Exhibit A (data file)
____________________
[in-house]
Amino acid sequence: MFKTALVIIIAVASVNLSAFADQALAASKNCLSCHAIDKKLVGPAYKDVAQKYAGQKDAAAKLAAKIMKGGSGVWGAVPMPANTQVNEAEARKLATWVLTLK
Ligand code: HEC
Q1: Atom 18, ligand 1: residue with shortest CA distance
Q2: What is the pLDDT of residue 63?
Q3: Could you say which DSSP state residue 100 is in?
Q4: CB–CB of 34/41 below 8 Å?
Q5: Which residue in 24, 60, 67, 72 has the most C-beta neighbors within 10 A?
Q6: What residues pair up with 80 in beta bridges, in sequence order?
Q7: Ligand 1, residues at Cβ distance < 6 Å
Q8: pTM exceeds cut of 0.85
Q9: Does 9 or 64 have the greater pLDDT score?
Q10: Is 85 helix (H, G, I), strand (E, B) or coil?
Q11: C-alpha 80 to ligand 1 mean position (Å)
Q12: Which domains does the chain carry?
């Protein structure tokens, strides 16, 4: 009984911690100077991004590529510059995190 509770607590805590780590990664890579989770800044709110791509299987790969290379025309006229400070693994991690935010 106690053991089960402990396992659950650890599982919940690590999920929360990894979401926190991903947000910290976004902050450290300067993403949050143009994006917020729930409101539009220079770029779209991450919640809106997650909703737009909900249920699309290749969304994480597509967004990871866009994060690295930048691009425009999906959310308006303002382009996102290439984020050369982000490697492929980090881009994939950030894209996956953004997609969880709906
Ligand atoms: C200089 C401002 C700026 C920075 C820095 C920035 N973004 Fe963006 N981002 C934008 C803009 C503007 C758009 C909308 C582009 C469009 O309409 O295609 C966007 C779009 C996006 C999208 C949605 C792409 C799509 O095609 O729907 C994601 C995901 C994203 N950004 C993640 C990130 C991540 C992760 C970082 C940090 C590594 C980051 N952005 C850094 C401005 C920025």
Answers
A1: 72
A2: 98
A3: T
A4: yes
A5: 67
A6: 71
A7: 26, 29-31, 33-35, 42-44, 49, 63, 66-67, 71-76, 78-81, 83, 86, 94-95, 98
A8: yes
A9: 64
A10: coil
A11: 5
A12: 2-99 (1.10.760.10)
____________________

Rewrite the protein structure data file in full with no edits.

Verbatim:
[in-house]
Amino acid sequence: MFKTALVIIIAVASVNLSAFADQALAASKNCLSCHAIDKKLVGPAYKDVAQKYAGQKDAAAKLAAKIMKGGSGVWGAVPMPANTQVNEAEARKLATWVLTLK
Ligand code: HEC
Q1: Atom 18, ligand 1: residue with shortest CA distance
Q2: What is the pLDDT of residue 63?
Q3: Could you say which DSSP state residue 100 is in?
Q4: CB–CB of 34/41 below 8 Å?
Q5: Which residue in 24, 60, 67, 72 has the most C-beta neighbors within 10 A?
Q6: What residues pair up with 80 in beta bridges, in sequence order?
Q7: Ligand 1, residues at Cβ distance < 6 Å
Q8: pTM exceeds cut of 0.85
Q9: Does 9 or 64 have the greater pLDDT score?
Q10: Is 85 helix (H, G, I), strand (E, B) or coil?
Q11: C-alpha 80 to ligand 1 mean position (Å)
Q12: Which domains does the chain carry?
């Protein structure tokens, strides 16, 4: 009984911690100077991004590529510059995190 509770607590805590780590990664890579989770800044709110791509299987790969290379025309006229400070693994991690935010 106690053991089960402990396992659950650890599982919940690590999920929360990894979401926190991903947000910290976004902050450290300067993403949050143009994006917020729930409101539009220079770029779209991450919640809106997650909703737009909900249920699309290749969304994480597509967004990871866009994060690295930048691009425009999906959310308006303002382009996102290439984020050369982000490697492929980090881009994939950030894209996956953004997609969880709906
Ligand atoms: C200089 C401002 C700026 C920075 C820095 C920035 N973004 Fe963006 N981002 C934008 C803009 C503007 C758009 C909308 C582009 C469009 O309409 O295609 C966007 C779009 C996006 C999208 C949605 C792409 C799509 O095609 O729907 C994601 C995901 C994203 N950004 C993640 C990130 C991540 C992760 C970082 C940090 C590594 C980051 N952005 C850094 C401005 C920025």
Answers
A1: 72
A2: 98
A3: T
A4: yes
A5: 67
A6: 71
A7: 26, 29-31, 33-35, 42-44, 49, 63, 66-67, 71-76, 78-81, 83, 86, 94-95, 98
A8: yes
A9: 64
A10: coil
A11: 5
A12: 2-99 (1.10.760.10)